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Citation Information : Scandinavian Journal of Child and Adolescent Psychiatry and Psychology. Volume 4, Issue 3, Pages 107-108, DOI: https://doi.org/10.21307/sjcapp-2016-016
License : (CC BY-NC-ND 4.0)
Published Online: 22-December-2016
Reiersen and Todorov (1) published their findings exploring the relationship between the various subtypes of attention-deficit/hyperactivity disorder (ADHD) and related psychopathologies in a large population-based sample of adolescents and children. The authors reported that subjects who presented with symptoms from both the inattentive subtype and the hyperactive subtype experienced a greater severity of co-occurring psychopathology. This led the authors to conclude that, although the continued clinical use of ADHD subtypes may be appropriate, these distinct diagnostic subtypes may be resulting in a failure to identify an important subgroup of ADHD patients—those who experience symptoms from both subtypes—and thus potentially leading to more severe psychopathological outcomes. The authors advised that upcoming editions of the Diagnostic and Statistical Manual of Mental Disorders be revised to include a diagnostic category of ADHD “not elsewhere classified.”
In support of this idea, another recent meta-analysis qualified the role of hyperactivity in patients with ADHD (2) and indicated that hyperactivity may not be a ubiquitous feature of ADHD. Rather, its manifestation may be particularly dependent on environmental factors, including cognitive functioning demands. Prolonged cognitive load has been associated with sympathetic hyperactivity in healthy humans (3). Given that medication-naïve patients with ADHD experience parasympathetic overarousal (4), it may be that excessive motor activity is associated with sympathetic mechanisms that are affected by changing cognitive demands (5).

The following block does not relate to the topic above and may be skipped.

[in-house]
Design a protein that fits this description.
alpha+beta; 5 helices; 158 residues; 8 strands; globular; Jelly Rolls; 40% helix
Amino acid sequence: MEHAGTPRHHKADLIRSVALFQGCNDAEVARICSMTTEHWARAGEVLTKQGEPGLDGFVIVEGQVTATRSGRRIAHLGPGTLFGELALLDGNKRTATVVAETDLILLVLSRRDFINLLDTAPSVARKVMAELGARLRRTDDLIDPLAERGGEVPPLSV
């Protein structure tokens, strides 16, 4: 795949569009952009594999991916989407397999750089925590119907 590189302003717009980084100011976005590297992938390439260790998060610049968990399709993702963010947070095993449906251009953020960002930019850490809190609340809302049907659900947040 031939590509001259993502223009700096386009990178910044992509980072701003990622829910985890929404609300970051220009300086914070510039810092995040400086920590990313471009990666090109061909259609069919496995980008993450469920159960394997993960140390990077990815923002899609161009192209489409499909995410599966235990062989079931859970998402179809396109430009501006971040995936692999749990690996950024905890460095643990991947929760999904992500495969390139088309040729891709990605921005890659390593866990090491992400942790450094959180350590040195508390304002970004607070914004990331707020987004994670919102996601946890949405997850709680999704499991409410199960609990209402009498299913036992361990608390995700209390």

Other recent findings have corroborated an association between air pollution and childhood behavior problems (6). It has subsequently been suggested that chronic environmental exposure to the widespread and underestimated air pollutant nitrous oxide (N2O) may be the primary etiologic factor in neurodevelopmental disorders like ADHD (7-9). Subanesthetic and subanalgesic N2O exposures in humans have been characterized by impairments in attention and working memory (10,11) as well as by the induction of a parasympathetic dominant state (8), thereby suggesting that a compensatory hyperkinetic state may reverse these physiological effects (3,5).
When considering the role of hyperactivity in ADHD for the facilitation of sympathetic resuscitation, it may be important to consider the spontaneously hypertensive rat, which is a validated model of ADHD (12) before the onset of hypertension (i.e., sympathetic overflow) (13). It may therefore be reasonable to speculate that a hyperactive state precedes (in spontaneously hypertensive rats) and possibly potentiates (in humans) sympathetic resuscitation. This would imply that the various ADHD subtypes may not be exclusive conditions; rather, the subtypes may exist on a continuum in a significant contingent of patients with ADHD, as Reiersen and Todorov have found (1). Therefore, chronic environmental N2O exposure may lead to attention deficits and a parasympathetic dominance, whereas a hyperkinetic phenotype may be a compensatory mechanism of sympathetic and cognitive resuscitation. However, a recent meta-analysis contradicts the notion of autonomic dysregulation and parasympathetic dominance in patients with ADHD (14). Therefore, the relationship between the ADHD subtypes and chronic environmental N2O exposure warrants further clarification to understand whether the subtypes exist on a physiological continuum in response to environmental exposure to N2O.